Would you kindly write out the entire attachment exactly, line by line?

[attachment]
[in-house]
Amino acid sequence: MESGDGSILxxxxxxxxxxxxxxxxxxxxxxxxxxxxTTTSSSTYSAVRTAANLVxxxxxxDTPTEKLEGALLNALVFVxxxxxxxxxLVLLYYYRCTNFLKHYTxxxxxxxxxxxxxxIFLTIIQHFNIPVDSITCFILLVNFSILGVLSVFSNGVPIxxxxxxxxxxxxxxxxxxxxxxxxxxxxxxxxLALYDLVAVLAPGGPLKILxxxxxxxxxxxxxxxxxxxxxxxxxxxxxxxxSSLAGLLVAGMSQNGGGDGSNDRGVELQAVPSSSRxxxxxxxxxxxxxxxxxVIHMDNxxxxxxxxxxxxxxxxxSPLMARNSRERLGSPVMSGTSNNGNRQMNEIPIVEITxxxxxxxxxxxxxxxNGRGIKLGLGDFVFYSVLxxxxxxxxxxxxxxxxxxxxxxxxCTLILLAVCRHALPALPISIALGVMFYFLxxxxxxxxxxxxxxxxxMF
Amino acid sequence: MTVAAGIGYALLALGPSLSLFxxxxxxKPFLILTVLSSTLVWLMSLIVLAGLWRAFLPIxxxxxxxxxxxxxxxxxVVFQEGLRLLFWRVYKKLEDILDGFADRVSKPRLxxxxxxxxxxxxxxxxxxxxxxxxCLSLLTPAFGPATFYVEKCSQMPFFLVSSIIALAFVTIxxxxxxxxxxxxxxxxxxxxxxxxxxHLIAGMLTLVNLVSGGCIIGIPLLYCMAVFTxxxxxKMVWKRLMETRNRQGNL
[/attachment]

[in-house]
Amino acid sequence: MESGDGSILxxxxxxxxxxxxxxxxxxxxxxxxxxxxTTTSSSTYSAVRTAANLVxxxxxxDTPTEKLEGALLNALVFVxxxxxxxxxLVLLYYYRCTNFLKHYTxxxxxxxxxxxxxxIFLTIIQHFNIPVDSITCFILLVNFSILGVLSVFSNGVPIxxxxxxxxxxxxxxxxxxxxxxxxxxxxxxxxLALYDLVAVLAPGGPLKILxxxxxxxxxxxxxxxxxxxxxxxxxxxxxxxxSSLAGLLVAGMSQNGGGDGSNDRGVELQAVPSSSRxxxxxxxxxxxxxxxxxVIHMDNxxxxxxxxxxxxxxxxxSPLMARNSRERLGSPVMSGTSNNGNRQMNEIPIVEITxxxxxxxxxxxxxxxNGRGIKLGLGDFVFYSVLxxxxxxxxxxxxxxxxxxxxxxxxCTLILLAVCRHALPALPISIALGVMFYFLxxxxxxxxxxxxxxxxxMF
Amino acid sequence: MTVAAGIGYALLALGPSLSLFxxxxxxKPFLILTVLSSTLVWLMSLIVLAGLWRAFLPIxxxxxxxxxxxxxxxxxVVFQEGLRLLFWRVYKKLEDILDGFADRVSKPRLxxxxxxxxxxxxxxxxxxxxxxxxCLSLLTPAFGPATFYVEKCSQMPFFLVSSIIALAFVTIxxxxxxxxxxxxxxxxxxxxxxxxxxHLIAGMLTLVNLVSGGCIIGIPLLYCMAVFTxxxxxKMVWKRLMETRNRQGNL